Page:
A week ago I ran the St. Louis Rock and Roll Marathon. It was my 11th marathon overall-- my 3rd since Will was born and my first since he stopped nursing. I trained pretty well for it, considering that I'm also working full time, caring for a small child, writing a novel, creating a new framework of Alouatta ontogeny, folding laundry, scrubbing toilets, and cooking everybody's dinner in all my spare time.
Weather on race was perfect, and other than being chronically sleep deprived, everything was great. I dressed all in teal, as you can see below. I don't know why. I didn't really plan it. I centered my wardrobe around those shorts, just because they are really comfortable. It turned out that the race number was teal too, which I didn't even find out until the day before when I picked up my packet. Before the race I even wore a teal fleece, which was also unplanned. It is just the oldest fleece I own and the one I would be the least sad to lose if I ended up just throwing it down on the side of the road. I felt like a veritable teal nightmare.
Rob's parents visited us that weekend, and they stayed at home with Will. Rob and I took the metro downtown before dawn, which was nice and also kind of fun. The train was packed with runners, and I made friends with a nice lady who was running the half. We arrived downtown by about 6:30 and then stood out there in the semi-cold for an hour waiting for the start.
I ran pretty slow in the first miles, kind of just because I had to. They did a "wave start" (I was in the 6th corral), which probably helped a lot with the conjestion, but it was still fairly congested. After the first couple miles went by way too slowly, I got a little panicky and started frantically trying to pick up the pace. The thing is, it actually felt pretty difficult to run any faster, which should have been a bad sign. You don't want to feel tired at mile 4 of a marathon. I ignored it and ran faster. This is a terrible strategy, I know, but it actually worked for me really well at the Indianapolis Marathon in 2008. I thought I would be okay. I ran a couple of 8:15's and then kept it steady at 8:35 for a while. I thought I could pull off a 3:45 finish.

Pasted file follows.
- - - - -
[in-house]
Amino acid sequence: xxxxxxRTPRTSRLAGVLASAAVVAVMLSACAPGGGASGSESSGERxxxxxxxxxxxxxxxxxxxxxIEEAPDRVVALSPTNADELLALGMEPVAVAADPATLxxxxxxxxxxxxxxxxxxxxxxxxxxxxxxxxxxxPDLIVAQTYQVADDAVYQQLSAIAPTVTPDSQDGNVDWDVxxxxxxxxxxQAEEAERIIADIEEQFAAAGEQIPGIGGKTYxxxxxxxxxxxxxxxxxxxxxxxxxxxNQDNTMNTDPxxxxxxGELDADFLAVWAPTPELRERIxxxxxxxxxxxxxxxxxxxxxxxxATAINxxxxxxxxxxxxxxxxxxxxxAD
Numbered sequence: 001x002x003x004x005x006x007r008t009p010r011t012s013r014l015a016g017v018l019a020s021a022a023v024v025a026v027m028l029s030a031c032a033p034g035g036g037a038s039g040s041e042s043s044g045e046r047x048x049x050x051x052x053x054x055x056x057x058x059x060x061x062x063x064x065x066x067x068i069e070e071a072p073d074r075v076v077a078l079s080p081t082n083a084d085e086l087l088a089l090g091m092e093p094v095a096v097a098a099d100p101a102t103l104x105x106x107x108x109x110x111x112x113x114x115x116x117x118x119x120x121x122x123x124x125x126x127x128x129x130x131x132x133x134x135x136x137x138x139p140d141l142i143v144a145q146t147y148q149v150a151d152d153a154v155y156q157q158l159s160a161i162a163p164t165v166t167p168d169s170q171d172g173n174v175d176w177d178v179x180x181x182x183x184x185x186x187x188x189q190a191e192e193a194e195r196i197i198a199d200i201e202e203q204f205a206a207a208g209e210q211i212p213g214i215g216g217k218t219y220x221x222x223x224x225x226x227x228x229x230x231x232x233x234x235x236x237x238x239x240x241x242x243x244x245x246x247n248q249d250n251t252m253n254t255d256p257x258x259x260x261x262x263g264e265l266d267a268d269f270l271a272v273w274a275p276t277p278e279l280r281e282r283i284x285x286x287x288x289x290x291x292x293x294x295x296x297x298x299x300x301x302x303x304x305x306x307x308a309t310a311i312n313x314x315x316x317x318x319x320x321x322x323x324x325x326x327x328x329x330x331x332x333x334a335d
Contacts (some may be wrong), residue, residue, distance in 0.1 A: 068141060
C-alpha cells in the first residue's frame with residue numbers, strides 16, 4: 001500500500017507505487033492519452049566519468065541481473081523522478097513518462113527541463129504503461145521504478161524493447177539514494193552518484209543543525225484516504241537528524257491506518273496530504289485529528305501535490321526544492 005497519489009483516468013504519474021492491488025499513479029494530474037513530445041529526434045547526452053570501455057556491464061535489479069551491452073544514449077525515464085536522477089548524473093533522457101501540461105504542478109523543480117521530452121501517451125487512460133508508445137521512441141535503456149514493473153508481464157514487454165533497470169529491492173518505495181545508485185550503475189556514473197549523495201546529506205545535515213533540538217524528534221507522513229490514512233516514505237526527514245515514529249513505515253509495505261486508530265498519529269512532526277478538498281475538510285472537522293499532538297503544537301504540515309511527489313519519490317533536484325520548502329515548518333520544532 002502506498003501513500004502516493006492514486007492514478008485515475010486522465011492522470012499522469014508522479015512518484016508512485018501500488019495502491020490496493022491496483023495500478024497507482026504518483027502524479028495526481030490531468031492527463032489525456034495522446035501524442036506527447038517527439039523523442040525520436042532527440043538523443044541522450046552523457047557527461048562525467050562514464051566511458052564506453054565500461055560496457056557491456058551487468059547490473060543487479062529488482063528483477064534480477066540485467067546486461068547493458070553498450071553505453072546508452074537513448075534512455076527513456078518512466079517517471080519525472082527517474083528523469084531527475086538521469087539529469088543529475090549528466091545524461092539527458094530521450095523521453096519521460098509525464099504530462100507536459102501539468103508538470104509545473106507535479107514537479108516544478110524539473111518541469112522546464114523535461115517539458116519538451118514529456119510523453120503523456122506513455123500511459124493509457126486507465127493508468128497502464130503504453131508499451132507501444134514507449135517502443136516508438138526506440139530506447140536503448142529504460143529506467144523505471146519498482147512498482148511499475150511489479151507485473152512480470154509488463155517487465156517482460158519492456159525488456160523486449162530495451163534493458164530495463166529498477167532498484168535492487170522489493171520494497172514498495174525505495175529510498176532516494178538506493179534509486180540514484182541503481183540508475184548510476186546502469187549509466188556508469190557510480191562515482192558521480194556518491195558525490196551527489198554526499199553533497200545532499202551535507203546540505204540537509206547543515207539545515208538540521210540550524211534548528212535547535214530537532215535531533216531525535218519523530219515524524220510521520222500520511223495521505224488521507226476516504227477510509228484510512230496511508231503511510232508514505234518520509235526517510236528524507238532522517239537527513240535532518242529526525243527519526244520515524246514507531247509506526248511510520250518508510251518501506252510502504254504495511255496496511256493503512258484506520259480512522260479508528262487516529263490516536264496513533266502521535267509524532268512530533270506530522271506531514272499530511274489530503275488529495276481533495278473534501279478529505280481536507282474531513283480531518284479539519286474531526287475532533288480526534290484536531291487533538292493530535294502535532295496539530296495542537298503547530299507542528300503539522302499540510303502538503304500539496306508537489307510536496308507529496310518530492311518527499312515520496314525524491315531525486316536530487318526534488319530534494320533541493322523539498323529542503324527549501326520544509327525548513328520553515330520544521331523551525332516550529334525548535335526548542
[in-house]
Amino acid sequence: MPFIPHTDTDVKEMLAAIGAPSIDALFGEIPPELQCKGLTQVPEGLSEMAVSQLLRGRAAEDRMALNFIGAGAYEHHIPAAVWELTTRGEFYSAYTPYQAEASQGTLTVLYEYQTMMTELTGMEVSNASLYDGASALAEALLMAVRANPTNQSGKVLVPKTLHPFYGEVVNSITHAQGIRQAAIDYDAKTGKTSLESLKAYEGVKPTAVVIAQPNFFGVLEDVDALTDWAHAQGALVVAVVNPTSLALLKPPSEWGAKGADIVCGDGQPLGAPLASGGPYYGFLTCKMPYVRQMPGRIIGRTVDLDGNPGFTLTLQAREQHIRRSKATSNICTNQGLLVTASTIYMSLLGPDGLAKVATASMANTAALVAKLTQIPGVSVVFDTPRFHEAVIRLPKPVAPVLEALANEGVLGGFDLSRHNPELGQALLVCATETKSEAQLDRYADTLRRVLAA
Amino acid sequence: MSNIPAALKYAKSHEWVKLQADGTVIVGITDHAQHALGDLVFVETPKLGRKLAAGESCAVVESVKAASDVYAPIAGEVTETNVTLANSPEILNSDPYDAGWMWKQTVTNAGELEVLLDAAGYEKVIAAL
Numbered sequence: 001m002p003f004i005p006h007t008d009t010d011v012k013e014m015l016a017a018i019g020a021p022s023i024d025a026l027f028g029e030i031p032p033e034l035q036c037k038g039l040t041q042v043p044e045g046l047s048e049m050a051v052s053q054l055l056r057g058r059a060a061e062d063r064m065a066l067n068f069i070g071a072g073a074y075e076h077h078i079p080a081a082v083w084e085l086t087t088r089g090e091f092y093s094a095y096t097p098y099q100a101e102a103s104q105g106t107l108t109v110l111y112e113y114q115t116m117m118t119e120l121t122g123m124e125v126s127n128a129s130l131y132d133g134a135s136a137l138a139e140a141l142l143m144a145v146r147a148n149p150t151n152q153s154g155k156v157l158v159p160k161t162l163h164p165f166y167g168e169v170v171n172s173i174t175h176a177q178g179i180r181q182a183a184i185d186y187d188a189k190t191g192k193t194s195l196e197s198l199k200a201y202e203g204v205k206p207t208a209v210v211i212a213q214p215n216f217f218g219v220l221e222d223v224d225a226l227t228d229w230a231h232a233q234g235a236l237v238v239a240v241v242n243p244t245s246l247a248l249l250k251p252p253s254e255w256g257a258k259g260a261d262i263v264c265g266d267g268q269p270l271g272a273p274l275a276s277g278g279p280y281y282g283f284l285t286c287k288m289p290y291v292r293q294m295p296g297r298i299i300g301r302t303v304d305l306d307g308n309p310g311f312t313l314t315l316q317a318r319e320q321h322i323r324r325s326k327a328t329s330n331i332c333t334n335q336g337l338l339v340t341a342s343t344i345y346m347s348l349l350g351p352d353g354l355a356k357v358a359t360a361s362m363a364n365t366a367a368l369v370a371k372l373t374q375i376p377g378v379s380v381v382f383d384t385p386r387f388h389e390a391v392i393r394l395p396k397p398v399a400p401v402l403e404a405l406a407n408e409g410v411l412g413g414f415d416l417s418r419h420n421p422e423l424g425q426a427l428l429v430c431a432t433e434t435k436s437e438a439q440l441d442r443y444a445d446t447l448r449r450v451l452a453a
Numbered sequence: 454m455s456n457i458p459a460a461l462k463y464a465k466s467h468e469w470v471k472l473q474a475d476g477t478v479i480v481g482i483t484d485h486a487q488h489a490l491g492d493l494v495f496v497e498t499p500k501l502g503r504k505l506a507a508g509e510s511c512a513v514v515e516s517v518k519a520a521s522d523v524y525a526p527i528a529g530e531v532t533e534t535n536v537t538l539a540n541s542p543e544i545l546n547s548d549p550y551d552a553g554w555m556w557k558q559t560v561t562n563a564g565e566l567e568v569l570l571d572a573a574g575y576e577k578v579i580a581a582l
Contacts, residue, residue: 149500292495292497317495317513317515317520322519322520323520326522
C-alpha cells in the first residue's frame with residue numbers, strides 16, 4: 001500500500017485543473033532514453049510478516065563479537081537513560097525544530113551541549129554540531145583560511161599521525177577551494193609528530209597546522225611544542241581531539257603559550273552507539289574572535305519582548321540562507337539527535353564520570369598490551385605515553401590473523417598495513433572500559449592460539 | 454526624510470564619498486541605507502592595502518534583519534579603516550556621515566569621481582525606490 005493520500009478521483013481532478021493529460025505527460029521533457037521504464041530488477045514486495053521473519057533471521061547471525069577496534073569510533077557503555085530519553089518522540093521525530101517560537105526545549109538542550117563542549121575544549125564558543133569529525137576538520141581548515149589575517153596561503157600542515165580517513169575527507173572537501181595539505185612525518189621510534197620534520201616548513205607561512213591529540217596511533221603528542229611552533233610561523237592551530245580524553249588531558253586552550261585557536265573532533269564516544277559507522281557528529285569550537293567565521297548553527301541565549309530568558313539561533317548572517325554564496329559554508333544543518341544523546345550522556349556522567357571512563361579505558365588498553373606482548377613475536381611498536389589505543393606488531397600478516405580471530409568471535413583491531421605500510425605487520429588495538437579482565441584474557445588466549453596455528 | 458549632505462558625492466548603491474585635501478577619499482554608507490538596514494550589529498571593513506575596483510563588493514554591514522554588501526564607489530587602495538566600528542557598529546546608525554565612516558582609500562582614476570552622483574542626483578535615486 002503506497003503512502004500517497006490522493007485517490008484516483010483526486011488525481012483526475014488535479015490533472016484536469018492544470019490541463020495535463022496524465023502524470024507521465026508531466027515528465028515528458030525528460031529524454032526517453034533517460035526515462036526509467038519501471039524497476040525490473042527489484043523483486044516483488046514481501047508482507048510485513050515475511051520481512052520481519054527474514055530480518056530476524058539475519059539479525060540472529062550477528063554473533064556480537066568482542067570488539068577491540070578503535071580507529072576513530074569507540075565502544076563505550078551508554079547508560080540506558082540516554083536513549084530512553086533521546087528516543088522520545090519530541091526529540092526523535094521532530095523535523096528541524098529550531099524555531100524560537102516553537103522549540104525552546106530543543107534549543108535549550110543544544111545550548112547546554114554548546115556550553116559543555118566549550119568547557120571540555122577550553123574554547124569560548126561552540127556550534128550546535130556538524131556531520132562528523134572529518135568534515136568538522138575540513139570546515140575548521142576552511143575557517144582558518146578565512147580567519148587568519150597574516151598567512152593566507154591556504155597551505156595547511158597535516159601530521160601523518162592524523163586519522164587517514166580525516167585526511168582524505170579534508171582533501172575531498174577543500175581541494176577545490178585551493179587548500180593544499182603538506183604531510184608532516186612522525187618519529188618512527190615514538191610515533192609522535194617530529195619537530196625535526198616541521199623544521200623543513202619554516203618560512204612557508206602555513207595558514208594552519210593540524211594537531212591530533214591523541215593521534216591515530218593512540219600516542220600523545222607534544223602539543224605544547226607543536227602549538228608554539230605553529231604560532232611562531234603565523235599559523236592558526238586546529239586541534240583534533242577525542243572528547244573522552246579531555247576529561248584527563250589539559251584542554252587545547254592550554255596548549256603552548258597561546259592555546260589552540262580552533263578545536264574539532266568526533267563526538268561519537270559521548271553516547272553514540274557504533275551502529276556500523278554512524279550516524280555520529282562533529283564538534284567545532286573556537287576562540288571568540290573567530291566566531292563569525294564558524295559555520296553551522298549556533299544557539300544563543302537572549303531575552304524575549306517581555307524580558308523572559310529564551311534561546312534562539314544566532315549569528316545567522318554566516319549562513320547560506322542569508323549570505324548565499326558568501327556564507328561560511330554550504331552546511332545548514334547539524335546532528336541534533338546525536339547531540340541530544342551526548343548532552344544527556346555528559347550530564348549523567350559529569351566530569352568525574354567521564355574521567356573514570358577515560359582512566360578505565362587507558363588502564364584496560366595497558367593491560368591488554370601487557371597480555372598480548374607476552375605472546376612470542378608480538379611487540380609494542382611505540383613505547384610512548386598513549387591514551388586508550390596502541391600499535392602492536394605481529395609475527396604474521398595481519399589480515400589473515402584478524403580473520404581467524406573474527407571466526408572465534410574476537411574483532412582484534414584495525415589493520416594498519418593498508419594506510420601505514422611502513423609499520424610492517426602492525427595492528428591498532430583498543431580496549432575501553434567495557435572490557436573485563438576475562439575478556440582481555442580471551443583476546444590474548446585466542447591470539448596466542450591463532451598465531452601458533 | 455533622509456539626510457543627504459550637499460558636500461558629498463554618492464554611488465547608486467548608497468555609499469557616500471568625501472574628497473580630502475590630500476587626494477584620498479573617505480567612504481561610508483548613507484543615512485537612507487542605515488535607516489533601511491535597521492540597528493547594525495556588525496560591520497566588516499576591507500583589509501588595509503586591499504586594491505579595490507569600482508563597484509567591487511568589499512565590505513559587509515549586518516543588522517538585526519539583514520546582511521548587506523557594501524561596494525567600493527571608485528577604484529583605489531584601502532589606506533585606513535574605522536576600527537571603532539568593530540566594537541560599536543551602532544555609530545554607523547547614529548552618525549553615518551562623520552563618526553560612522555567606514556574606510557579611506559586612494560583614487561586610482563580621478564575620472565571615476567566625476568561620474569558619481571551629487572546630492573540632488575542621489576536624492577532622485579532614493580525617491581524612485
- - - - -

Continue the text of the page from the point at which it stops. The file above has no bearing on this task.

There were hills. I didn't worry about them. I just ran. About mile 8 I thought, something doesn't feel right. I'd brought my phone with me and had an "Emergency Playlist" of Amy Ray songs to get me through if something terrible happened. I never ever ever listen to music when I'm running a marathon, but at mile 8, I turned it on. I thought, I'll just listen to this for a mile or two and then I'll feel better.
Around mile 9, I saw Rob again. I smiled and gave him a thumbs up, all the while thinking, why am I giving him a thumbs up? I feel terrible. I kept running. I ate some Clif Shot blocks and took some Endurolytes. I drank water at every aid station. The energy replacement drink was "Cytomax," which tasted like Lemon Pledge. Seriously. As a public service announcement to race directors: Just do Gatorade. Always. I guess it is probably more complicated, involving things like sponsorship and money and whatnot, but Cytomax and Melissa did not mix. I know, I know. I should have realized Cytomax was the energy drink at this marathon and gone out and found somewhere to buy it so that I could get used to running with it. But seriously, I just could not deal with that. Too many loads of laundry to fold, too many crock pots of chili to make. I can buy Gatorade at Schucks, so that is what I train with. During the marathon, I got horrible stomach cramps, so I stopped taking any Cytomax. I thought, I've got my Clif Shot blocks and Endurolytes... I'll be okay."
There were more hills. There was a big hill at mile 14. I'd been running 8:35's but I dropped to over 9:00. The 3:50 pace group passed me. I remained convinced that their pace leader was running way too fast and they were ahead of schedule. I picked up my pace again but felt completely dead and I still couldn't catch them. I then convinced myself that it was actually the 3:40 pace group that had passed me. (It wasn't).
I felt more and more terrible. I took an orange slice from somebody in the crowd. It tasted good, but I felt no better. I didn't understand why I just had no energy... I'd eaten a whole pack of Shot Blocks by this point (200 calories)-- which is more than I've eaten during some entire marathons. I wasn't drinking electrolytes, but I had taken a couple of Endurolytes, which I thought would be equivalent.
At mile 16, I saw Rob again. I'd been listening to Beauty Queen Sister for a while on repeat by this point, completely ignoring all the cover bands out there on the course who were playing things like Sweet Home Alabama. I must have looked bad. Rob stayed with me for the next 10 miles, riding off to the side on his Bike Friday.